This is an essay. It expresses the opinions and ideas of some MediaWiki.org users, but may not have wide support. Feel free to update this page as needed, or use the discussion page to propose major changes.
Ethics have been always complex, and the addition of an online layer to our interactions just adds more complexity. This essay tries to identify principles of expected behavior in our communities, and to justify why this exercise is important.
A simple approach to expected behavior
Most people know what is the expected behavior in their homes, neighborhoods, schools or workplaces. Remembering these references when participating in an online community is usually just enough.
When you are not happy and you are about to post a message, ask yourself: would I tell this message to someone if they were in front of me? Would I use this tone and these words with a relative, a neighbor, a friend, or a colleague that I meet regularly?
When you read a message from someone that doesn't make you happy, ask yourself: what would I do if a relative, a neighbor, a friend, or a colleague would speak to me that way?
Hospitality, respect, support, fairness... are equally valid principles online and offline. If someone speaking to you actually sounds angry, mad, arrogant, prepotent... then the chances are that such person has clearly departed from the expected behavior.
The following behaviors are expected and requested of all community members:
- Participate in an authentic and active way. In doing so, you contribute to the health and longevity of this community.
- Exercise consideration and respect in your speech and actions. Be aware that English is not everybody's primary language, and work to resolve misunderstandings.
- Think of the audience and recipients of your message. Every activity creates notifications which could be distracting. Involve specific people in a conversation when you know that they welcome getting involved and that they are knowledgeable about the discussed topic.
- Attempt collaboration before conflict. Focus on the specific topic and its scope to bring the discussion forward, on resolving issues and learning from mistakes. Well-formulated comments after some investigation of the topic are clearer to understand by others than a quickly added short comment.
- Be mindful of your surroundings and of your fellow participants. If you notice a dangerous situation, someone in distress, or violations of the Code of Conduct, please report them even if they seem inconsequential.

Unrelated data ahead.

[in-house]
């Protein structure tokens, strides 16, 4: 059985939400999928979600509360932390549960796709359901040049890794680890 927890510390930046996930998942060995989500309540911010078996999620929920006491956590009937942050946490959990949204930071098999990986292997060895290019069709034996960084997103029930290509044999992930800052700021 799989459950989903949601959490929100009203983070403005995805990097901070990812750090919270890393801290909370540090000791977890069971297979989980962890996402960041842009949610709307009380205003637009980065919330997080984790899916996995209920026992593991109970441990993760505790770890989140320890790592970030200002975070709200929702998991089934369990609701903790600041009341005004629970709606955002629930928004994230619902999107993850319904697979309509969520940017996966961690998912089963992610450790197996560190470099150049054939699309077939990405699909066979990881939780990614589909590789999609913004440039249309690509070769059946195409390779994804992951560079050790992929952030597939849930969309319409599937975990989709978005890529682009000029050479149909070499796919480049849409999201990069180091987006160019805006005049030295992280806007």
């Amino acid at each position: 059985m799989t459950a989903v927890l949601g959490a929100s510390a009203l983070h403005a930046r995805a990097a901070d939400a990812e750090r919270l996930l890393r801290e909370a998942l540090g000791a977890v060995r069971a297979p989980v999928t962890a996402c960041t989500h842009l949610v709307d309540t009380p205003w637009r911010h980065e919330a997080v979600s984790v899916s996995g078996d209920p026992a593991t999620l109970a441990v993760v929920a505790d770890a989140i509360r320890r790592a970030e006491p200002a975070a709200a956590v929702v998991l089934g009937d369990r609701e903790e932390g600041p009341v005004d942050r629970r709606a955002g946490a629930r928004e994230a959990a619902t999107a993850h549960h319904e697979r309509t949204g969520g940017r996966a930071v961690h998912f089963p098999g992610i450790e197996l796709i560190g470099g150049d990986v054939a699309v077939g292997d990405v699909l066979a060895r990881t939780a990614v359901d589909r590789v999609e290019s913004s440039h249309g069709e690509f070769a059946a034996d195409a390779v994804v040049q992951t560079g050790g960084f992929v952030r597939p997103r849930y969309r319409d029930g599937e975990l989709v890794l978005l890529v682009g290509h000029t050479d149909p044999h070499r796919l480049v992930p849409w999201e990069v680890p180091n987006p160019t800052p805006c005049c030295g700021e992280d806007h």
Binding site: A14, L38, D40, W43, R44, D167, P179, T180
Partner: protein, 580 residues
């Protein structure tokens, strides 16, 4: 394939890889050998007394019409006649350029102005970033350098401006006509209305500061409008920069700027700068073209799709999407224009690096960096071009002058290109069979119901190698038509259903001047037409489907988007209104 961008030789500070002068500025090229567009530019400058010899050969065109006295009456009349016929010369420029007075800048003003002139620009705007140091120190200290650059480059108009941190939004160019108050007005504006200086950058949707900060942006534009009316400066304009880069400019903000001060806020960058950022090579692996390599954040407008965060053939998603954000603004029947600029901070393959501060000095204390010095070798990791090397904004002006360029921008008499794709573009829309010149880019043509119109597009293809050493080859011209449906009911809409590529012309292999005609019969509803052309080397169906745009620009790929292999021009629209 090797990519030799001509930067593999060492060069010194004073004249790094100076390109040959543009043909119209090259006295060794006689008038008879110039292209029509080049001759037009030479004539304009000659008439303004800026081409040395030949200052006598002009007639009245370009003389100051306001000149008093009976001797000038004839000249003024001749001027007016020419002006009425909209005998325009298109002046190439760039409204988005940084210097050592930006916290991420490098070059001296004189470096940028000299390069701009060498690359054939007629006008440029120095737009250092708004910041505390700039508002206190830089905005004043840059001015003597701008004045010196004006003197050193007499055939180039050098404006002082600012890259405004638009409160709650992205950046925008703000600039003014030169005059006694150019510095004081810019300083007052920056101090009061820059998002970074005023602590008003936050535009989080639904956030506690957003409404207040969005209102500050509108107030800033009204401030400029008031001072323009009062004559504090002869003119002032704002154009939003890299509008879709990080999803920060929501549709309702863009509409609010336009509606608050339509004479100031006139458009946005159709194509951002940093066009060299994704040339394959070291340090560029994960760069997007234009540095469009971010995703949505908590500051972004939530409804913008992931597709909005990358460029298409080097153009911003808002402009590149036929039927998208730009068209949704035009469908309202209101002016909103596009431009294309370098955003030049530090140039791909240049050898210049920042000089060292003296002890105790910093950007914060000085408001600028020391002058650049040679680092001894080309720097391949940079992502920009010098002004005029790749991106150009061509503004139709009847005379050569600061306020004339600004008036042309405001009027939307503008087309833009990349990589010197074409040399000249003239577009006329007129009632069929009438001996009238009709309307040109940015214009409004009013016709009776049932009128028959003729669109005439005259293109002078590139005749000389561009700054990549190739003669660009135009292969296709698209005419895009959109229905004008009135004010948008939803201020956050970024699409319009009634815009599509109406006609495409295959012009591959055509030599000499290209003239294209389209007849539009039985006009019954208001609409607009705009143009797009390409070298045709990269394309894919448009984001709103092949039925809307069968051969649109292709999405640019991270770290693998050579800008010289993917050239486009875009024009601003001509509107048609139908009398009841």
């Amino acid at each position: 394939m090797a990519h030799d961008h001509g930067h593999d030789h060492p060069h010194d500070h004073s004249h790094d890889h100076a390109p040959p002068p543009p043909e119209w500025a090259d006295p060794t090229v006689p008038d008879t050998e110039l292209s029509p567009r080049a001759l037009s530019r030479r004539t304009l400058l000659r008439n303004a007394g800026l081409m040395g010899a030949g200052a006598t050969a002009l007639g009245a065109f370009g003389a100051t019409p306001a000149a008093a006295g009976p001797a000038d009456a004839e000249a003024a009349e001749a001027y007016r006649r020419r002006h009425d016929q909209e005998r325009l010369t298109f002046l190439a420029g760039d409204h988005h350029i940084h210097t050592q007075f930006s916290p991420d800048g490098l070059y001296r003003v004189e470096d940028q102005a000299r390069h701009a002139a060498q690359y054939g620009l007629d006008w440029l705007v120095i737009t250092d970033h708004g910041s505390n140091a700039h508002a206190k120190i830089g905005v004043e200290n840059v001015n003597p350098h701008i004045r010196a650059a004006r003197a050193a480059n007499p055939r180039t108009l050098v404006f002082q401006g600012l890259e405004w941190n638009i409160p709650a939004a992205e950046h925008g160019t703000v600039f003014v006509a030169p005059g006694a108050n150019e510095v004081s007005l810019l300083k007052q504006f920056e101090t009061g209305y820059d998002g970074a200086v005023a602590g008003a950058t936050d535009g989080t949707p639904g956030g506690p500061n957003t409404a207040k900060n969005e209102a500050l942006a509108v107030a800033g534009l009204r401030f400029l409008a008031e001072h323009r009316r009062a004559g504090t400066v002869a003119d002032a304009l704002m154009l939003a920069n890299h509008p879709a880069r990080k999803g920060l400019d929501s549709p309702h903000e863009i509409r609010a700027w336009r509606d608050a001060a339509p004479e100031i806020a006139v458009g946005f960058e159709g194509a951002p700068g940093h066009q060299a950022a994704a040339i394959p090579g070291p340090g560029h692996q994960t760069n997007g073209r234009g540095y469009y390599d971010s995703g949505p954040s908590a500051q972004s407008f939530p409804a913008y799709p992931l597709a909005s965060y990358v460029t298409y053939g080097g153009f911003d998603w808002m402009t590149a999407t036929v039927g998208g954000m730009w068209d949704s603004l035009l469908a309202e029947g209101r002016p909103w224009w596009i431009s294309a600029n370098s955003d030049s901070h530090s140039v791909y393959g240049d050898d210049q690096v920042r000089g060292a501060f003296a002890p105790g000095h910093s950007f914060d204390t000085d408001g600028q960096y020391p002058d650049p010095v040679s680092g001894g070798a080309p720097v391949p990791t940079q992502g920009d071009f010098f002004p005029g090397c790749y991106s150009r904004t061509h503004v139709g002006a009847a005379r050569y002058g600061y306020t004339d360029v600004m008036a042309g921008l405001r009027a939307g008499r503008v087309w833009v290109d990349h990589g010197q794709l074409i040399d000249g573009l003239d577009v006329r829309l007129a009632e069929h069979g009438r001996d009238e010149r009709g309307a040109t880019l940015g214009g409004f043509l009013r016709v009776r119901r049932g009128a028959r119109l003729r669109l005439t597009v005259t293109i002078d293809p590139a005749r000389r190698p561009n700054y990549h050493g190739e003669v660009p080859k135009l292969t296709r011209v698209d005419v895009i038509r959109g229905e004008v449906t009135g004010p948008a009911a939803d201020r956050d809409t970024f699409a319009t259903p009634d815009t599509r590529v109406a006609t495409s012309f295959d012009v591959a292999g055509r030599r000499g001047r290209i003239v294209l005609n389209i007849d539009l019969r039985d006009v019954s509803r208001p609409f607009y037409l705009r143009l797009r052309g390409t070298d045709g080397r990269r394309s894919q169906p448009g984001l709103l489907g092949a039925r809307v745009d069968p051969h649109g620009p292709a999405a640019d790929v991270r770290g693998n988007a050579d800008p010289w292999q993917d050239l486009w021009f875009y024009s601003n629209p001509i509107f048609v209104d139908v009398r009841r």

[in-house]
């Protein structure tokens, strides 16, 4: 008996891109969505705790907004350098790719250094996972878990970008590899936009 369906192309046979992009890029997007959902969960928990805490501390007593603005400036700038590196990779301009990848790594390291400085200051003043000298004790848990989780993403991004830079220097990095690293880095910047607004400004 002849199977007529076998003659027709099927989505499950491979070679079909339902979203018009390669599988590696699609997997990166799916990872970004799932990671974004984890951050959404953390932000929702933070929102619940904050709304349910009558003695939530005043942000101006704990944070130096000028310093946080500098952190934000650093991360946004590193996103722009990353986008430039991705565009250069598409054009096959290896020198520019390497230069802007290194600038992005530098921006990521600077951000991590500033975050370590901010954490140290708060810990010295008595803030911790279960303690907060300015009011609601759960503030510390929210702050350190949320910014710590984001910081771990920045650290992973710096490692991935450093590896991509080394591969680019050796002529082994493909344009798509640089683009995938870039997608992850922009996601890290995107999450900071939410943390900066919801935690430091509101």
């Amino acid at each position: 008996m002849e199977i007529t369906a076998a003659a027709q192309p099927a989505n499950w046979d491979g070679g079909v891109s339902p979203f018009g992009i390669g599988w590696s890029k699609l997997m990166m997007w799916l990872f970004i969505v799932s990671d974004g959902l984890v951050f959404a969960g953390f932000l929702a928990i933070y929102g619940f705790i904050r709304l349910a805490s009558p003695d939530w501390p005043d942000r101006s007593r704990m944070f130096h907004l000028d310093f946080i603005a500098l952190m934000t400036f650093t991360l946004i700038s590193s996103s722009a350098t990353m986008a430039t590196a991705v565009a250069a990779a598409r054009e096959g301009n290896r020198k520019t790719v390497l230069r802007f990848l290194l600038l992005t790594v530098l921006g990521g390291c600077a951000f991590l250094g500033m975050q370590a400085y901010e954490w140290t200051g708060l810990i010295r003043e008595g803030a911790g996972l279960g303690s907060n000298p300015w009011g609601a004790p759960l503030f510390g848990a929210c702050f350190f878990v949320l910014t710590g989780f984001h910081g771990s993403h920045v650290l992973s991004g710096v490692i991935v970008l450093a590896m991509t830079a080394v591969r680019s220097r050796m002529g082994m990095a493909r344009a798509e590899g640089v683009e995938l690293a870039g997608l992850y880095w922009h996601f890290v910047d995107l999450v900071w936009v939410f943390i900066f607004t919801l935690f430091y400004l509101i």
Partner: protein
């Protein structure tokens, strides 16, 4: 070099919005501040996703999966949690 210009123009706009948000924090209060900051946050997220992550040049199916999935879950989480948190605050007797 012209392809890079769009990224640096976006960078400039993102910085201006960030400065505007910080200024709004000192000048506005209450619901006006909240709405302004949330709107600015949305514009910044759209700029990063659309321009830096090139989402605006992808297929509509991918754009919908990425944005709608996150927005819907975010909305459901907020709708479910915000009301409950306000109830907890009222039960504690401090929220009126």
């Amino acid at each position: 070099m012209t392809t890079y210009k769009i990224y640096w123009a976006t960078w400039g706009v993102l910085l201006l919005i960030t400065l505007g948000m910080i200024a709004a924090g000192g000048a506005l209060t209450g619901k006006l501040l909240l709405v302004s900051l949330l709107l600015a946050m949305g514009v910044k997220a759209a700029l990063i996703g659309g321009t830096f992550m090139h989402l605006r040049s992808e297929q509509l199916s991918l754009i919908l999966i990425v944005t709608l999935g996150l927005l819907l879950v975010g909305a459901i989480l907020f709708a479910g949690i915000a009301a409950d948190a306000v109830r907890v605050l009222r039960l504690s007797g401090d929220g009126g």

Why expected behavior is not always expected
Communities are more pleasant and effective when their members share expectations on behavior and when those expectations are followed by their members.
Homogeneous communities usually get away with implicit expectations, because their members share a common background and their initial expectations are mostly common. Traditional communities can also rely on implicit expectations, because their rules and protocols are well established.
However, online communities welcoming diversity at all levels have a harder time defining an expected behavior simply based on assumptions. This is why it is useful for these young innovative communities to agree on principles of expected behavior and to write them down. The Wikimedia community is diverse and aims to increase its diversity at every chance.
Diversity in Wikimedia technical spaces is not as wide as in the rest of the movement, but this is a known problem that we are trying to fix actively. To help with this, consider the impact of decisions on people in underrepresented groups, such as women, non-native English speakers or non-English speakers, people of color, LGBTQ folks, people with disabilities, sex workers, older people, mothers, young people, non-neurotypical people, undocumented people, and people of lower socioeconomic status.
This page and the Code of Conduct are just one piece of creating a more welcoming community.
Online behavior has offline effects
In online communities, established social moderation tools such as public identity, shame, and punishment are all diluted. With most interactions happening without seeing real faces or hearing real voices, it is easy to forget that online (mis)behavior has very tangible and non-virtual effect in people's emotions and lives. Without any risk of being actually shouted back or punched back, it is easier to let online conversations degrade to levels that we would hardly allow in our homes, our neighborhoods, our schools or workplaces.
In fact, there is no such thing as online behavior. Online behavior is just behavior, and it plays under the same social principles and expectations.